The philosophy and mechanics of sshguard stand upon a few prominent concepts. Understanding these concepts substantially helps the user to gain confidence and command of the tool. This page lists the terms used to signify these concepts, and details their meaning. These terms are used uniformly throughout the website, the documentation, the source code and sshguard's logging activity.
Prominent terms in sshguard
Some terms contain a cApitalized letter; they want to help you bind them with their respective command line argument. Cfr with sshguard's man page.
- log source
- a source of log entries that sshguard is instructed to monitor; currently either a file, a FIFO, or sshguard's standard input. See the Log Sucker.
- anything that can be target of an attack. For example, a software process running on the system. See sshguard services.
- attack signature
- the rules through which sshguard recognizes a log entry as an attack. By extension, an instance of such entry. See sshguard's attack signatures.
- the occurrence of one event tag (log message) recognized as harmful, in any log source.
- the entity (IP address) that generated an attack. Each attack is associated with an attacker.
- attack density
- attack dangerousness
- a (positive, integer) value associated with an attack to identify how dangerous the attack is. See sshguard's attack signatures. Intuitively, one attacker is blocked with few very dangerous attacks, or many very light ones.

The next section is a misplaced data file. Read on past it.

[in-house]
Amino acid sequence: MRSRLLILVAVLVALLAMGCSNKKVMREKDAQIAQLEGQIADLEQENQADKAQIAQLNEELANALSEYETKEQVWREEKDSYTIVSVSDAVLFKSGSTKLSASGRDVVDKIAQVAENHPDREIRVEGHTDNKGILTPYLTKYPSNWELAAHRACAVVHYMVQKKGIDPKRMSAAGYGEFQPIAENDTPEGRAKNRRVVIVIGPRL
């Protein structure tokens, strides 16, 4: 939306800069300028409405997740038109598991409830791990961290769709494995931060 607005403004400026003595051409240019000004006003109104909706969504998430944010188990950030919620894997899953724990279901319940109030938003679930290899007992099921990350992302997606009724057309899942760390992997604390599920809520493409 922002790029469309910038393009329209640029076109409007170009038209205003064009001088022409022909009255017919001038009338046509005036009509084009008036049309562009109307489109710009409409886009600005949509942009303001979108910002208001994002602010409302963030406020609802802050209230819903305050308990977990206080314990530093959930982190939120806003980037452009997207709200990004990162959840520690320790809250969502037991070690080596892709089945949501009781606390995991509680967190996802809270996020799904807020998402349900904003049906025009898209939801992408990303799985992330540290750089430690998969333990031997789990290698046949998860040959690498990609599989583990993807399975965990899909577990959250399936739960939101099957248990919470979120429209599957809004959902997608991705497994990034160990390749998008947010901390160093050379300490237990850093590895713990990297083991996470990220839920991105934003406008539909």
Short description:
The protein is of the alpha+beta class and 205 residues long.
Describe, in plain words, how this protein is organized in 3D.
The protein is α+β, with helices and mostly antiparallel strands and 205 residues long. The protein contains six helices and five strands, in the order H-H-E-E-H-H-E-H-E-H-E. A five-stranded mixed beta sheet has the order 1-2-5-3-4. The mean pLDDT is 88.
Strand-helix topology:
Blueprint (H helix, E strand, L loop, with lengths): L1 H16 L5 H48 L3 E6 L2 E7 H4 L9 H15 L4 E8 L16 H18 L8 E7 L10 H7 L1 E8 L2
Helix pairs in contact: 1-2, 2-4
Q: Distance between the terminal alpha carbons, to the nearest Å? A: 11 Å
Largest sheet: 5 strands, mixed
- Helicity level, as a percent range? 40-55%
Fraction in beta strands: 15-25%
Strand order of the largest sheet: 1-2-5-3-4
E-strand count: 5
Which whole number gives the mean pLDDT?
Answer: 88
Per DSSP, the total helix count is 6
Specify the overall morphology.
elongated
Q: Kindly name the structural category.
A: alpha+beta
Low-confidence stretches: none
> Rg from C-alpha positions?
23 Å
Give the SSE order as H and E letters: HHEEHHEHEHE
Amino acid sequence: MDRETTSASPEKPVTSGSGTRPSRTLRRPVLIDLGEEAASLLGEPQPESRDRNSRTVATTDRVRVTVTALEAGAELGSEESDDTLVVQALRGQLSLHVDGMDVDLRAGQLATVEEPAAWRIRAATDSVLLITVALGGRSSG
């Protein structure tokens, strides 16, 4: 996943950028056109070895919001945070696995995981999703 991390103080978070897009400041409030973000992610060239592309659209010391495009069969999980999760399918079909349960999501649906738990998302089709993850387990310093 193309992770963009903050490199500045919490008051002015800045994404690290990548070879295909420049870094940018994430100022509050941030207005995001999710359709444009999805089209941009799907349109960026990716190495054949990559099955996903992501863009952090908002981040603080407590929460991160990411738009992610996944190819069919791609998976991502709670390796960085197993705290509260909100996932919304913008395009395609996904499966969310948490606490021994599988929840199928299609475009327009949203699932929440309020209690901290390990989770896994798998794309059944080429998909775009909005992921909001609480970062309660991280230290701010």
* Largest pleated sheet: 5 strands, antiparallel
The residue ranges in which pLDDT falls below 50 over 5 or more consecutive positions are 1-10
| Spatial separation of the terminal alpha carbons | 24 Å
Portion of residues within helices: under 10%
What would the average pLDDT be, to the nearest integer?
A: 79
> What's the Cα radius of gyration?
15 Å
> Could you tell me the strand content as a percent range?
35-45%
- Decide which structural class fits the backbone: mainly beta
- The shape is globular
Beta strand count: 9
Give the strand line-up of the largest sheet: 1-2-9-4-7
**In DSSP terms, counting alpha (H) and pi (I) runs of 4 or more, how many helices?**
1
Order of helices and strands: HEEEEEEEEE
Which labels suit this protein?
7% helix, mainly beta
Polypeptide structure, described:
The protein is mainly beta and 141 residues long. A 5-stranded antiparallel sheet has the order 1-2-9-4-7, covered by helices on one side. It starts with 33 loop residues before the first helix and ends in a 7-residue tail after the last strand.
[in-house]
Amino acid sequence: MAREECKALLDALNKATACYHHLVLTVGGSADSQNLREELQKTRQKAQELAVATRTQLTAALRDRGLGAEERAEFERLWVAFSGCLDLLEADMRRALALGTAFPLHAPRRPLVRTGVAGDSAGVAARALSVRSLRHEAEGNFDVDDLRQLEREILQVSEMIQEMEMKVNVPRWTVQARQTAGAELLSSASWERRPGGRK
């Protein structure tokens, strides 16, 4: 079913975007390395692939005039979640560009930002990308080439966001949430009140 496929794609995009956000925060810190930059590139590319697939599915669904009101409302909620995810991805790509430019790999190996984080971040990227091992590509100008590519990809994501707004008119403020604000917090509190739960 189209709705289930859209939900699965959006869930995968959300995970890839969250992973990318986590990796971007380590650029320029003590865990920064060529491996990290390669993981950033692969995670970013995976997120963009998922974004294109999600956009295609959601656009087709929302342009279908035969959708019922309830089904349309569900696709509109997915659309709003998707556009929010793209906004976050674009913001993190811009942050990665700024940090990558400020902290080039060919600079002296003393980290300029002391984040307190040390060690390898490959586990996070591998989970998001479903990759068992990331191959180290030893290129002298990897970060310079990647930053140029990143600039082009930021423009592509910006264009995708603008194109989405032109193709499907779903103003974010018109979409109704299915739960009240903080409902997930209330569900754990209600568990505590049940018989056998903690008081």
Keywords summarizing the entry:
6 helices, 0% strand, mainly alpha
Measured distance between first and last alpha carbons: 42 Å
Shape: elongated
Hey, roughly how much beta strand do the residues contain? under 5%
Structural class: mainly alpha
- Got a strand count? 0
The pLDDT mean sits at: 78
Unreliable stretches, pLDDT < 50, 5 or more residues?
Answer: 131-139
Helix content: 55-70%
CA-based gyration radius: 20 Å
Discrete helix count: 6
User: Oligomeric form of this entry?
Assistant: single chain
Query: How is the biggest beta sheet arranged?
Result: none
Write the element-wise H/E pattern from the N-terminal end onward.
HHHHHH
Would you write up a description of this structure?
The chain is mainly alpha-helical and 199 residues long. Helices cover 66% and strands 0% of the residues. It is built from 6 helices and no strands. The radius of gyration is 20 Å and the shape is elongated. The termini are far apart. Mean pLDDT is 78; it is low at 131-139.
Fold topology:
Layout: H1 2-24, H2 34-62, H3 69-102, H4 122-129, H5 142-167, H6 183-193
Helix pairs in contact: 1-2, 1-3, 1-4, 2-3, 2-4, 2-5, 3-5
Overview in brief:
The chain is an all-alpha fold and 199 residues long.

- cumulative danger
- the sum of the dangerousness of all attacks a specific attacker committed. When the cumulative danger exceeds a safety threshold, within a the forget time, the attacker is blocked.
- sAfety threshold
- the maximum cumulative danger commited by an attacker (within the forget time) before it gets blocked.
- preScribe time
- the time (number of seconds) sshguard takes to forget about an attacker since its last attack.
- An attacker that has been blocked in the past.
- the event where an attacker's cumulative danger surpasses the safety threshold. After an abuse, an attacker becomes an offender. After an abuse, the attacker is blocked, and its cumulative danger is reset to zero.
If you believe anything in this page is missing or can be explained better, please write to email@example.com.
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